Seven Stories was deeply saddened to learn of the death on 4 January of John Burningham, creator of some of the most enduring picturebooks ever made – Borka (1963), Mr Gumpy’s Outing (1970), Would You Rather (1978) and Granpa (1984), to name but a few.

John Burningham was born in 1936 in Farnham, Surrey. His parents had avant-garde ideas about education, and he went to nine different schools during his childhood. Sometimes his parents would rent out the family home to pay for school fees and the family would live in a caravan in various places around the English countryside. John loved this!

When he was thirteen John became a boarder at Summerhill, the radical school run by A S Neill.  He stayed there for four years before taking up Alternative Military Service in 1954, having registered as a Conscientious Objector.  He worked in Hampshire, Glasgow, Italy and Israel, on farming and building projects.

After completing his Alternative Military Service, John applied for a place at the Central School of Arts and Crafts in London, to study graphic design and illustration. He got in on the strength of the sketches he had made in Glasgow.  It was there that he met his wife Helen Oxenbury, illustrator of We’re Going on a Bear Hunt, and many other titles.

After graduating, John began his career designing posters for London Transport, before having the idea for a picture book about a goose.  Borka, the Adventures of a Goose With No Feathers was published in 1963, and won the prestigious Kate Greenaway Medal for illustration in the same year. In the wake of this success, the publisher asked John for more stories – and luckily the ideas just kept coming, for more than fifty years! He claimed that he never worked with a specific audience of children in mind, he just made picture books. However, in his stories it is always the kids who have the last laugh.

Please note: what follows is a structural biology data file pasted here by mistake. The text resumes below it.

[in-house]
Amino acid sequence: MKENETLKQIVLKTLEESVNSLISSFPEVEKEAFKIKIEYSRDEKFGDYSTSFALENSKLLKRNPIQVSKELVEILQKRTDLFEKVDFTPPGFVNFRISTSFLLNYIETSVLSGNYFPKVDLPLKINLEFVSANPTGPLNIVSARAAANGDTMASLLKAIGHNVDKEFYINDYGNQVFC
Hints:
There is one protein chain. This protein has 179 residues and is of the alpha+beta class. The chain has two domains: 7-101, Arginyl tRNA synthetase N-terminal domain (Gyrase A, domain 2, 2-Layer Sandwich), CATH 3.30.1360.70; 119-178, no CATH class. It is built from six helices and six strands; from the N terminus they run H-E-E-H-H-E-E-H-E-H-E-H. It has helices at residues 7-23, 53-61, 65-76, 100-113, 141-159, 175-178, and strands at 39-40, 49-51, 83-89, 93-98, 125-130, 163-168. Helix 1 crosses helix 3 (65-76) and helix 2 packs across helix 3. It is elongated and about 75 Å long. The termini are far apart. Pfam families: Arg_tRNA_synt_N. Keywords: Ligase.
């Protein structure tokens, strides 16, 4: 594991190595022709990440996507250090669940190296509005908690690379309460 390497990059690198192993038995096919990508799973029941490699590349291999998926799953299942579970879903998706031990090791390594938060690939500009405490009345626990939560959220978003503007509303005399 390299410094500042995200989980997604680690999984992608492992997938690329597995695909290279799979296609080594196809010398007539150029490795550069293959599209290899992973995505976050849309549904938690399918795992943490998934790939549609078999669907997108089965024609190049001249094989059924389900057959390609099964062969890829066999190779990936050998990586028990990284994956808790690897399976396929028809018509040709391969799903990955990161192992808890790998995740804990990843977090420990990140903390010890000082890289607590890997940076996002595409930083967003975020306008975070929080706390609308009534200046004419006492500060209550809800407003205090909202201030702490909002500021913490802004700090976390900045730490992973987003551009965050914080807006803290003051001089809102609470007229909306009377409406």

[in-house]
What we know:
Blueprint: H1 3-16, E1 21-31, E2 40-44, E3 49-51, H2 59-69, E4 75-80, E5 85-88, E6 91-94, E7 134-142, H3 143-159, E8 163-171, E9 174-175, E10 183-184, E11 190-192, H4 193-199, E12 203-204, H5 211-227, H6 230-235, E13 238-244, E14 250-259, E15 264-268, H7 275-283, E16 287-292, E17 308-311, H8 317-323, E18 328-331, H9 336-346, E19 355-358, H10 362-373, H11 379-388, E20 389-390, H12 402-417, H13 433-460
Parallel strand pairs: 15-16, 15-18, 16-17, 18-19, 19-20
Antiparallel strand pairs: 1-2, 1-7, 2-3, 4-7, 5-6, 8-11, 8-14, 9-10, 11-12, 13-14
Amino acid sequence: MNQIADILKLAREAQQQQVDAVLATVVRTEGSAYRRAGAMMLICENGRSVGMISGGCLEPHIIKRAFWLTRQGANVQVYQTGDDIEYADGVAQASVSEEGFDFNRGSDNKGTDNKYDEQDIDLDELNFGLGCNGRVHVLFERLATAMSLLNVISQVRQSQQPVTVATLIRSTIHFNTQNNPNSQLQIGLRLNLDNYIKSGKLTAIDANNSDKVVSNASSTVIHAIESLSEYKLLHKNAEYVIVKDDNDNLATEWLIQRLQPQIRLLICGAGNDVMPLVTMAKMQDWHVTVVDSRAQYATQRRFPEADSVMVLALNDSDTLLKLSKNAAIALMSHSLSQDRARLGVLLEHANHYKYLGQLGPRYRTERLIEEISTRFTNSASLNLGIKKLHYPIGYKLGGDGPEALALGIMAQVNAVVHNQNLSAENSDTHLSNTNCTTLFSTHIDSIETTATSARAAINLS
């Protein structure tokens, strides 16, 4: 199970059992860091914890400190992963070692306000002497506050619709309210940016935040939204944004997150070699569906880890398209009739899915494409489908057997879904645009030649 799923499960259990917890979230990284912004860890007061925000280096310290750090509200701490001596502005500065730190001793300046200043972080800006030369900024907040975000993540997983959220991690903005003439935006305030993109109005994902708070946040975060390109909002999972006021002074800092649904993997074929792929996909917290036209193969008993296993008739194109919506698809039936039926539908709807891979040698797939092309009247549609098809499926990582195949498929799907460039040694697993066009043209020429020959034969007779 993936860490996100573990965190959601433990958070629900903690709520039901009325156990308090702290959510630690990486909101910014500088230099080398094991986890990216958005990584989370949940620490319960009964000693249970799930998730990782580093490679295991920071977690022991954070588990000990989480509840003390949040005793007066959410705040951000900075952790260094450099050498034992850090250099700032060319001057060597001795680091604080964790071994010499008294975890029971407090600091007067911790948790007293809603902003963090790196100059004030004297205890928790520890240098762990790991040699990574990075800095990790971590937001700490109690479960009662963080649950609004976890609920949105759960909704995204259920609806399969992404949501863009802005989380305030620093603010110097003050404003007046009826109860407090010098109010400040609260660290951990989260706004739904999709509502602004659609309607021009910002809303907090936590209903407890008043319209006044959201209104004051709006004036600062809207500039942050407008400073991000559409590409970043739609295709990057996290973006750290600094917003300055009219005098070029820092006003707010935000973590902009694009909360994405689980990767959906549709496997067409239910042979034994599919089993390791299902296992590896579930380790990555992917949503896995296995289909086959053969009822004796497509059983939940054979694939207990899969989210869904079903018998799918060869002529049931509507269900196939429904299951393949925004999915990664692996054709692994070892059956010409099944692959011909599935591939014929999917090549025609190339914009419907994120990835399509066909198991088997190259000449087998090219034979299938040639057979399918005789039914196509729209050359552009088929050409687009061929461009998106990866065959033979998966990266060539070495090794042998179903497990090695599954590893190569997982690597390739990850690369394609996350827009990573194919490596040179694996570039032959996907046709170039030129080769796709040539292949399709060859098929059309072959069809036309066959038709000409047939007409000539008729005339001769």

Recreating The Shopping Basket in the exhibition ‘Mr Gumpy and Other Outings’, at Seven Stories in 2010.

 

Despite his formal training at the Central School, John followed his own rules.  Throughout his career he experimented with different techniques and media.  He always tried not to avoid making his pictures too ‘finished looking’ as he believed this gives children freedom to imagine.  He never repeated the same formula and often struggled at the beginning of a new book, wondering if he could really do it all again.  But of course he always did!

With John Burningham’s death the world of picturebooks has lost a truly great genius, but his legacy will surely live on.

Unused artwork for one of John’s Little Books series, including layouts for The Friend and The Bath.
Seven Stories Collection, donated by John Burningham.

 

Visitors to Seven Stories can see artwork from John’s award-winning picture book  Come away from the water, Shirley (1977) in our current exhibition Time to Get Up! until Thursday 24 January 2019.

To view artwork in our Collection please contact collections@sevenstories.org.uk